Deqin is a small city with an 80% Tibetan population, located at an altitude of 3550 meters in the north of Yunnan Province in China. It lies in a small valley adjoining the Mekong River Gorge and the surrounding mountains offer some of the most beautiful scenery and best trekking in all of China. Despite that, the area gets very few visitors due mainly to its altitude and its remote location at the end of the road from Kunming through Dali, Lijiang and Shangrila; once you get to Deqin, the next stop is the Tibetan border, meaning you have no choice but return the same way you arrived, as the government does not allow foreigners to enter Tibet via this route.
Best Time to Go
Due to its high altitude, Deqin never really gets hot. The summers are warm and get a lot of rain, while the winters are very cold and very dry. Despite the cold, winter is actually the best time for trekking, due to the lack of rain. March is the worst month; this is when the rainy season starts, but due to the cold it will usually snow which can cause road closures. The rains generally continue until September.
Getting to Deqin
The only way into Deqin is by bus or minivan from the south, usually Shangrila, Lijiang, Dali or Kunming. If you are planning on staying near the Feilai Temple outside of town (recommended, as it is much nicer), see if the driver will take you there. Usually, the minivans do. If not, you’ll have to get a taxi; they will quote some incredible prices, so you’ll have to bargain. 5 RMB would be a reasonable price, but I’d be happy with 10, as they know you don’t have any other options.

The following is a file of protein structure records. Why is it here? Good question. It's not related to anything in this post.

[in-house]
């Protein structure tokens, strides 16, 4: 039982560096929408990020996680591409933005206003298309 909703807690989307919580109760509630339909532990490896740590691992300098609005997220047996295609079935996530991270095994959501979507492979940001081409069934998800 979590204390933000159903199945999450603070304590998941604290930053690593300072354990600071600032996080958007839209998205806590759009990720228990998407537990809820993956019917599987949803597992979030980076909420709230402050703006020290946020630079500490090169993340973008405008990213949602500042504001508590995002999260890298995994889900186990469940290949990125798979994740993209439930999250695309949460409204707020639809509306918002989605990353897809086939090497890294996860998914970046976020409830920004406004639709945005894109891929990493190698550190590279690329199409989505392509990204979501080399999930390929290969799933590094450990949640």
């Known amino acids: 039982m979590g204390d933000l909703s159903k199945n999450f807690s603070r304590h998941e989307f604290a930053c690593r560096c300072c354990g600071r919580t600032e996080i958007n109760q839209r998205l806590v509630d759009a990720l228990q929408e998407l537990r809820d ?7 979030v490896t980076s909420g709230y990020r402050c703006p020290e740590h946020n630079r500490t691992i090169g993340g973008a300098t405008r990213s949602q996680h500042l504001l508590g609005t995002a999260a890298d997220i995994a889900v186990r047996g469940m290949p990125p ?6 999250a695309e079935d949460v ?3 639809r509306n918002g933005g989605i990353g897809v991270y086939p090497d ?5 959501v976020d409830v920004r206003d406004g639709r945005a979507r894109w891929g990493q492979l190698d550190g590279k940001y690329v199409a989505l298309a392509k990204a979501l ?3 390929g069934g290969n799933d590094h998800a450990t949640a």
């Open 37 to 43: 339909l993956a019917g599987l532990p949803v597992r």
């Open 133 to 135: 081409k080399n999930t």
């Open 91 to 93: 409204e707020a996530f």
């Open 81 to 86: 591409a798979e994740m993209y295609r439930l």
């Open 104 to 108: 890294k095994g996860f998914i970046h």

Taxis, minivans and your own two feet are the only options here.
While you’ll find some hotels in the city itself, the best options are located a few kilometers farther down the road near the Feilai Temple. Lying above the city, the views from here are spectacular and you have several Chinese hotels, some guesthouses and one hostel, the Feilai Temple Youth Hostel, to choose from.
There’s no need to book ahead, just show up and talk to a few places until you find one you like. Prices are generally very low, with the cheapest rooms going for under 30 Yuan and dorm beds costing 10 (you’ll likely need some decent Chinese language and excellent bargaining skills to get them this low).
Personally, I’d stay away from the hostel, as it seemed quite overpriced given the conditions. It was a nice place to hang out in the evenings, though and the communal meal they served wasn’t bad (a little expensive perhaps), but when it comes to rooms, you’ll find much better quality at much better prices at some of the Chinese hotels along the main road, especially the ones that can’t speak any English.
That said, if you prefer to have a room lined up ahead of time, the Feilai Temple Youth Hostel is the only place in town with an online presence, apart from the much more expensive Once Upon A Time in Meili Hotel.
Eating & Drinking
As long as you avoid the one or two touristy cafes, you’ll get good food for the standard prices pretty much anywhere in Deqin. The hostel and some of the hotels offer communal meals, which can be a nice way try various dishes and meet other travelers at the same time. They likely only offer these when the town has enough visitors.
Things to Do
- Feilai Temple: located on the road above town, the views from here are spectacular; this is also where many of the hotels and guesthouses are located
- Yubeng Village: a Tibetan village not accessible by any vehicles; take a minibus from Feilai Temple to Xidang Hot Springs and hike from there (or take a horse or mule); you’ll find basic accommodation in Yubeng and staying for a few days is recommended, as there are numerous great treks in the area; you’ll have to pay 80 Yuan as a scenic area entrance fee
- Meilixue Mountain Nature Reserve (aka Snow Mountain): another great trekking area where you can hike to the Taizi Temple and the Minyong Glacier among other things
- Other Trekking: the trekking options around Deqin are endless, but there are not many organized treks yet; your hotel will likely have some information and if they don’t, other hotels will and the hostel can definitely help you out when it comes to trekking